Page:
So Twitter found a way to build on that. Twitter has announced a ban on “dehumanising speech”.  Definitions:

Dehumanization: Language that treats others as less than human. Dehumanization can occur when others are denied of human qualities (animalistic dehumanization) or when others are denied of their human nature (mechanistic dehumanization). Examples can include comparing groups to animals and viruses (animalistic), or reducing groups to a tool for some other purpose (mechanistic).

(Gadde & Harvey, 2018)

Examples of dehumanization(Gadde & Harvey, 2018)

Identifiable group: Any group of people that can be distinguished by their shared characteristics such as their race, ethnicity, national origin, sexual orientation, gender, gender identity, religious affiliation, age, disability, serious disease, occupation, political beliefs, location, or social practices.

(Gadde & Harvey, 2018).

A new feature has also been added to Twitter that filters sensitive content and sends warnings to the intended recipients. Users can also mark their tweets as possibly containing sensitive content.

(From Twitter)

How to change? Education

Education and awareness of these concepts are crucial to help individuals use digital tools safely and responsibly. Programs, awareness campaigns, and educational resources should teach users how to identify and report harmful content, as well as how to navigate the digital environment safely and responsibly (Goggin et al., 2017). For instance, the e-Safety Commissioner in Australia offers various resources and educational materials to raise awareness about online safety and digital citizenship (e-Safety Commissioner). By promoting digital literacy and providing resources to identify and report harmful content, society can empower users to take control of their online experiences and contribute to a safer online environment.

Education can be a form of encouraging users to report harmful content and actively participate in creating a safer online environment. Encouraging positive online behaviors and facilitating a community common sense can help online community members collectively help each other mitigate the negative effects of hate speech and online harm (Carlson & Frazer, 2018).

By promoting respectful discussions and providing tools for users to engage in constructive conversations, the current internet environment can create a more inclusive and welcoming online space for everyone. This can involve promoting respectful discussions, highlighting positive content, and providing tools for users to engage in constructive conversations. For example, Facebook’s Community Standards aim to create a safe environment that promotes positive interactions among users (Facebook). By fostering a sense of shared responsibility among users, users can collectively work towards reducing the prevalence of hate speech and other damaging content on the internet.

Enhancing user control and customization

Platforms should provide users with more control over the content they see and interact with, allowing them to tailor their online experiences to their preferences and needs (Nissenbaum, 2018). This could include providing users with options to filter or block certain types of content, as well as giving them the ability to customize their feed based on their interests and values.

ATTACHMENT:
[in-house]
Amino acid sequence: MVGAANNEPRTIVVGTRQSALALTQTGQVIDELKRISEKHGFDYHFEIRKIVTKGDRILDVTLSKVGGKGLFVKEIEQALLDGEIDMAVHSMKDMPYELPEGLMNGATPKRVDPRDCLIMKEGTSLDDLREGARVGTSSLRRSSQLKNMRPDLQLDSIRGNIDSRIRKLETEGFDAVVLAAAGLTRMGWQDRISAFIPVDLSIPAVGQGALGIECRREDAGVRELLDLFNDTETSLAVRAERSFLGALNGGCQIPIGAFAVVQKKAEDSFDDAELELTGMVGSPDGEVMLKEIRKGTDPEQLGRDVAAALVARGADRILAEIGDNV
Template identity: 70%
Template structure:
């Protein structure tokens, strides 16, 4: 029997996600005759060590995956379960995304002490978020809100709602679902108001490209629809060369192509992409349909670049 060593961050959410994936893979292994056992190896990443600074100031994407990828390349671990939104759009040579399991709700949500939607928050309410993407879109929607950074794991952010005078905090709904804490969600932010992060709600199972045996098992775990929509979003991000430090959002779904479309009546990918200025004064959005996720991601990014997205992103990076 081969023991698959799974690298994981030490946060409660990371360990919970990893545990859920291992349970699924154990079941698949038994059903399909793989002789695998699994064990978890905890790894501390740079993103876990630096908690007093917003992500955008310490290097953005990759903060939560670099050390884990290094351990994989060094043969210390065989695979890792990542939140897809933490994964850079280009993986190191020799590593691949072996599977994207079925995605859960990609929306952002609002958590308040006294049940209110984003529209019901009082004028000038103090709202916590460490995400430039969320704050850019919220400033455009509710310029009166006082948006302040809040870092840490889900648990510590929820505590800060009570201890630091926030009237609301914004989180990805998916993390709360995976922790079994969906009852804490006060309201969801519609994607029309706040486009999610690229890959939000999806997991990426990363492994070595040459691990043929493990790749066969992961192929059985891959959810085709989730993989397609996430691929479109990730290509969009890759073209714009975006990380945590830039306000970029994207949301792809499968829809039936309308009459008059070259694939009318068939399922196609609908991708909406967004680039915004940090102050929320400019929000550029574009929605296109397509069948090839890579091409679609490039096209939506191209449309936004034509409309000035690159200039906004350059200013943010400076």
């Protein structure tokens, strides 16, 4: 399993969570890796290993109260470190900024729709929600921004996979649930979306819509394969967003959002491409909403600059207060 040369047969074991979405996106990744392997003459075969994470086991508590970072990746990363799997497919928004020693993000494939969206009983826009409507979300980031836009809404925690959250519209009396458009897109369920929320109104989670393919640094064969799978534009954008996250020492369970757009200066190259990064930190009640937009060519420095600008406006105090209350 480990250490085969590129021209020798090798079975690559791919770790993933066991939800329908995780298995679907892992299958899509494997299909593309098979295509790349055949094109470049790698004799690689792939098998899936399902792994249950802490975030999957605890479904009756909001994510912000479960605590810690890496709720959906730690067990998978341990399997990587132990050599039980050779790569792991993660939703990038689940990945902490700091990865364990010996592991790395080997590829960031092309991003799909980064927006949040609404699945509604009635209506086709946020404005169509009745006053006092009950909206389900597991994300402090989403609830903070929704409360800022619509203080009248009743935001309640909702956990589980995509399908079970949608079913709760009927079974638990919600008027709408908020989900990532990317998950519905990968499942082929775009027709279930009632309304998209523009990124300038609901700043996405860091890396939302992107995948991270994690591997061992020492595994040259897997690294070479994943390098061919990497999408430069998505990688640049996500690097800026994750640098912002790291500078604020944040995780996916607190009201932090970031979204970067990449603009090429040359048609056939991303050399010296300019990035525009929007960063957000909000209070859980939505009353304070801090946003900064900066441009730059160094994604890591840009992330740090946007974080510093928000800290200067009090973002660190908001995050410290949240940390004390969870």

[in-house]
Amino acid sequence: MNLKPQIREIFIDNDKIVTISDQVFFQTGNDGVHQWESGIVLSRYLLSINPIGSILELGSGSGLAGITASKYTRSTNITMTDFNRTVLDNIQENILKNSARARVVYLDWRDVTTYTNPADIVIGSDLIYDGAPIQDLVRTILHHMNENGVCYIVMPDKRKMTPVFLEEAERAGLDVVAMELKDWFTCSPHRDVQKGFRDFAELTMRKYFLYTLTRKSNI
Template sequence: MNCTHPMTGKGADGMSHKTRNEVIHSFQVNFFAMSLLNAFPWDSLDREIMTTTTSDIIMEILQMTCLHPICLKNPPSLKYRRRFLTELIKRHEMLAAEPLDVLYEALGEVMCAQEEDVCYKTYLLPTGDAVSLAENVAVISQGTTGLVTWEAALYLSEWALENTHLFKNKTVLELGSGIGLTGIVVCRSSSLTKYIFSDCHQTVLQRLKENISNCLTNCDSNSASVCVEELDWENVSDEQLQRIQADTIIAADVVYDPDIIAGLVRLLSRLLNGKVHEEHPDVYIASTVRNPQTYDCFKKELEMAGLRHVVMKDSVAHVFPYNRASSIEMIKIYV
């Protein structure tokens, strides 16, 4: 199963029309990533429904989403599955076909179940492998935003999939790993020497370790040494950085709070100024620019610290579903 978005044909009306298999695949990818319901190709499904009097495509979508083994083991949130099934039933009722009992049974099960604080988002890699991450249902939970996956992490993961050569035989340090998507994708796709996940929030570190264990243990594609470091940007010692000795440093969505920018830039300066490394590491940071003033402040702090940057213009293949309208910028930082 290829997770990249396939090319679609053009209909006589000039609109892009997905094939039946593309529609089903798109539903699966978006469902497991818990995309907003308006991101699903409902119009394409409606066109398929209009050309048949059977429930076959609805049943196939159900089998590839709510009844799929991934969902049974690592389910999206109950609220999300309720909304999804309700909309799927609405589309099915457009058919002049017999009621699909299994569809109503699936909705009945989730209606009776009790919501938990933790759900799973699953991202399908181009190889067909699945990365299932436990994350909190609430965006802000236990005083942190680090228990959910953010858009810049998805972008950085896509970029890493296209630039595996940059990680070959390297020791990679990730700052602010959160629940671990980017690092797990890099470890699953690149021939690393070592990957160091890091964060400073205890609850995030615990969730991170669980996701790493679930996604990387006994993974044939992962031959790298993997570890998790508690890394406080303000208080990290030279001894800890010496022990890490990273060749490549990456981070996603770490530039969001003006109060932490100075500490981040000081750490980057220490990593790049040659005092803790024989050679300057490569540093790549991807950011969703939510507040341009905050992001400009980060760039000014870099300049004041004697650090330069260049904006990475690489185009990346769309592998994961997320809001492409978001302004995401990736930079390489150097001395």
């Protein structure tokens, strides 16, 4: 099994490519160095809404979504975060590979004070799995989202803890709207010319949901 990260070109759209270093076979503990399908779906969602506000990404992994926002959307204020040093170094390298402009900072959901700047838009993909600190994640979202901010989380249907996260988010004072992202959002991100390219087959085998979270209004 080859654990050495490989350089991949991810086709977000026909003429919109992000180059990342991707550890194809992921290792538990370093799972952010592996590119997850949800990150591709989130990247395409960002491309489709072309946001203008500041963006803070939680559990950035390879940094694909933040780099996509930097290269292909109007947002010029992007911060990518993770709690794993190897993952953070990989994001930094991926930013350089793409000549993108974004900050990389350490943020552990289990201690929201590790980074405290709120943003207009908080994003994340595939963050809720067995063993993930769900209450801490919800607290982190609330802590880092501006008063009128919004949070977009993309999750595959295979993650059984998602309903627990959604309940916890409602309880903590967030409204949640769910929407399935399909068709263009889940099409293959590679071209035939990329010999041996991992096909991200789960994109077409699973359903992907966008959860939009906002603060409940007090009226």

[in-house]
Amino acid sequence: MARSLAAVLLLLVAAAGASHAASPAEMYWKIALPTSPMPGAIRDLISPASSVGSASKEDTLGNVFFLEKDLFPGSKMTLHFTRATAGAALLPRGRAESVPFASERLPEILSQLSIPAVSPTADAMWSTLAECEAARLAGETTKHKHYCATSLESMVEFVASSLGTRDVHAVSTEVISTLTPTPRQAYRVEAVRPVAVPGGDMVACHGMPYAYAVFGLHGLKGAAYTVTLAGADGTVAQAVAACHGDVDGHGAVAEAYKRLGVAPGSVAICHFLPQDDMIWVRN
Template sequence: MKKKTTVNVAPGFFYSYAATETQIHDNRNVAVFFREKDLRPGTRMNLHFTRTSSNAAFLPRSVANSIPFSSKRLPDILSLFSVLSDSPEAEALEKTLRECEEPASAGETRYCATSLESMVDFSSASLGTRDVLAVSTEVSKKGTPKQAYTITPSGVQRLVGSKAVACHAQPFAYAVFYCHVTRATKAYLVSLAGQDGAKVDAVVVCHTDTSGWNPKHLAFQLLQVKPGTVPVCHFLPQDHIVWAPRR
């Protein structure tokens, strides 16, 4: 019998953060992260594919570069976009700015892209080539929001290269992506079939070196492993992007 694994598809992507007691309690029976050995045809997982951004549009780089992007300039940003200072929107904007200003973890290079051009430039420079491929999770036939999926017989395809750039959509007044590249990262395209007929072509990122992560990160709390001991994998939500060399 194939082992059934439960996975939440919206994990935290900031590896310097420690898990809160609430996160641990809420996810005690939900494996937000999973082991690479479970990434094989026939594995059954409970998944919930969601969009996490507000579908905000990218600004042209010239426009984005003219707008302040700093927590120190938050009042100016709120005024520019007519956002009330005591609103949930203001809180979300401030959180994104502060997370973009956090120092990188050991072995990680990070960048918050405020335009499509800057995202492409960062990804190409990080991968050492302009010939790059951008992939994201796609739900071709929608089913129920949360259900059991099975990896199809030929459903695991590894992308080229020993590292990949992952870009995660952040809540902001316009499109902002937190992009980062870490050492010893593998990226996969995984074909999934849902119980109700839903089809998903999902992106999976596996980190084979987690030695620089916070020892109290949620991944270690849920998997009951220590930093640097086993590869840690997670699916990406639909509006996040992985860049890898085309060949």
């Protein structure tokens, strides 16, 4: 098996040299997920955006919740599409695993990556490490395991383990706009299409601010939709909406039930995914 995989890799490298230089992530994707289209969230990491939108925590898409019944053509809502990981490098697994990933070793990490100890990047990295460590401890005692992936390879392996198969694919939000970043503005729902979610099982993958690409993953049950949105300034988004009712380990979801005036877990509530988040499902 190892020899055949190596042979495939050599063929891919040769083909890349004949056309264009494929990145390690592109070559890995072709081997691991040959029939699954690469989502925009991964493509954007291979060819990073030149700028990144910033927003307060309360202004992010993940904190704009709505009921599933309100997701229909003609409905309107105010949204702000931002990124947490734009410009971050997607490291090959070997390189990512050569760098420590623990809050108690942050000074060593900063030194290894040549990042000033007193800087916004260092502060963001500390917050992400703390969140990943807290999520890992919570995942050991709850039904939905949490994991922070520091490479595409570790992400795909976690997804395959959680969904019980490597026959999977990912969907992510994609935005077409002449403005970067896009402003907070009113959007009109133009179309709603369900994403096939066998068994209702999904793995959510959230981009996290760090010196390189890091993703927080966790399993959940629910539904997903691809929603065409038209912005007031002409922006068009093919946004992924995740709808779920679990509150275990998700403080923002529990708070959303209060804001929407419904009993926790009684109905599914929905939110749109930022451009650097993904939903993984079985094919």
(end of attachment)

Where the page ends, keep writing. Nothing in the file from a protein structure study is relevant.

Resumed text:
User control and customization are vital in addressing hate speech and online harm, but striking a balance between providing such options and implementing policies to protect users is equally important. In this context, the role of collaboration between various stakeholders becomes crucial.

To bridge the gap between user control and policy implementation, online platforms should adopt a proactive approach to ensure that user customization options do not inadvertently contribute to the proliferation of hate speech and online harm. This involves continuously monitoring and refining customization features to prevent malicious actors from exploiting them for harmful purposes (Nissenbaum, 2018; Flew, 2021). By fostering a collaborative environment among users, experts, marginalized communities, and regulatory bodies, online platforms can better understand and address the needs of their diverse user base while simultaneously enforcing policies that curb online harm (Sinpeng et al., 2021).

Clear guidelines and policies

Flew(2021) believes that platforms should regularly review and update their policies to better deal with these issues (Flew, 2021). The process should involve input from diverse stakeholders, including users, experts, and marginalized communities, to ensure that the policies reflect a wide range of perspectives and address the unique challenges faced by different groups (Sinpeng et al., 2021).

For example, platforms could learn from the Australian Online Safety Act 2021 and the UK Online Safety Bill in addressing harmful content and balancing freedom of speech (e-Safety Commissioner). The concept of a statutory duty of care, as discussed by Woods and Perrin (2021), could provide a framework for platforms to accept responsibility for the content they host and their users’ safety. Such a collaborative approach allows stakeholders to be involved in the decision-making process, which will lead to a more effective and sustainable Internet.

The concept of a statutory duty of care can provide a robust foundation for platforms to manage their content and user safety, but it is also essential to acknowledge the role of technology in this process.

The AI development and application and machine learning algorithms in content moderation are taken as effective tools that help identify and remove harmful content. However, it’s essential to ensure that the applied technologies do not reinforce existing biases or suppress legitimate speech, highlighting the need for ongoing evaluation and refinement of these systems.